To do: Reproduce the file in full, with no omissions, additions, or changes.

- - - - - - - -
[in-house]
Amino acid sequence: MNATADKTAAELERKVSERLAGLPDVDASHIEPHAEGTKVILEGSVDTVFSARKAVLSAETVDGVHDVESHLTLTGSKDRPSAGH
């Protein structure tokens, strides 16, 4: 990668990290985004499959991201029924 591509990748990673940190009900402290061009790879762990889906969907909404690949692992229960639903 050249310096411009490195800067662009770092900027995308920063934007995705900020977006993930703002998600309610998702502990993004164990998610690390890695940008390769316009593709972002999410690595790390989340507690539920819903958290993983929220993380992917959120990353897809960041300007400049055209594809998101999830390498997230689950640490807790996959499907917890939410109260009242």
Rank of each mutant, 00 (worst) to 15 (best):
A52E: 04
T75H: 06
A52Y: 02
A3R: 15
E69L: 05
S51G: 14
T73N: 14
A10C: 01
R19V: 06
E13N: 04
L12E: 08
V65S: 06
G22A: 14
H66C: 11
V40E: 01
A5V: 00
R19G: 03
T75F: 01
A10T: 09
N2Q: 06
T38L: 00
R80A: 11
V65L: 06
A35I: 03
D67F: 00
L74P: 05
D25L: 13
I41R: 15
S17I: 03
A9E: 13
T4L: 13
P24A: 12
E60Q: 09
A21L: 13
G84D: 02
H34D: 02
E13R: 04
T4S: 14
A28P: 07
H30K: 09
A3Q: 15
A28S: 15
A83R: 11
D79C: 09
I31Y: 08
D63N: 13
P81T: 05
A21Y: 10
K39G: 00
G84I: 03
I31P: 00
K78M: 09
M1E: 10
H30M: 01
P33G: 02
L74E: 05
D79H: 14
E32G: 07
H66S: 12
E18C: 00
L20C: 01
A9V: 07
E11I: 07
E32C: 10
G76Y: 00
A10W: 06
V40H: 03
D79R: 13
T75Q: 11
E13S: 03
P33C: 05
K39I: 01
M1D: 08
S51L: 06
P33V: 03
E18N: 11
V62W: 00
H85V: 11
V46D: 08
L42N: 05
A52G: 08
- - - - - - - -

[in-house]
Amino acid sequence: MNATADKTAAELERKVSERLAGLPDVDASHIEPHAEGTKVILEGSVDTVFSARKAVLSAETVDGVHDVESHLTLTGSKDRPSAGH
């Protein structure tokens, strides 16, 4: 990668990290985004499959991201029924 591509990748990673940190009900402290061009790879762990889906969907909404690949692992229960639903 050249310096411009490195800067662009770092900027995308920063934007995705900020977006993930703002998600309610998702502990993004164990998610690390890695940008390769316009593709972002999410690595790390989340507690539920819903958290993983929220993380992917959120990353897809960041300007400049055209594809998101999830390498997230689950640490807790996959499907917890939410109260009242």
Rank of each mutant, 00 (worst) to 15 (best):
A52E: 04
T75H: 06
A52Y: 02
A3R: 15
E69L: 05
S51G: 14
T73N: 14
A10C: 01
R19V: 06
E13N: 04
L12E: 08
V65S: 06
G22A: 14
H66C: 11
V40E: 01
A5V: 00
R19G: 03
T75F: 01
A10T: 09
N2Q: 06
T38L: 00
R80A: 11
V65L: 06
A35I: 03
D67F: 00
L74P: 05
D25L: 13
I41R: 15
S17I: 03
A9E: 13
T4L: 13
P24A: 12
E60Q: 09
A21L: 13
G84D: 02
H34D: 02
E13R: 04
T4S: 14
A28P: 07
H30K: 09
A3Q: 15
A28S: 15
A83R: 11
D79C: 09
I31Y: 08
D63N: 13
P81T: 05
A21Y: 10
K39G: 00
G84I: 03
I31P: 00
K78M: 09
M1E: 10
H30M: 01
P33G: 02
L74E: 05
D79H: 14
E32G: 07
H66S: 12
E18C: 00
L20C: 01
A9V: 07
E11I: 07
E32C: 10
G76Y: 00
A10W: 06
V40H: 03
D79R: 13
T75Q: 11
E13S: 03
P33C: 05
K39I: 01
M1D: 08
S51L: 06
P33V: 03
E18N: 11
V62W: 00
H85V: 11
V46D: 08
L42N: 05
A52G: 08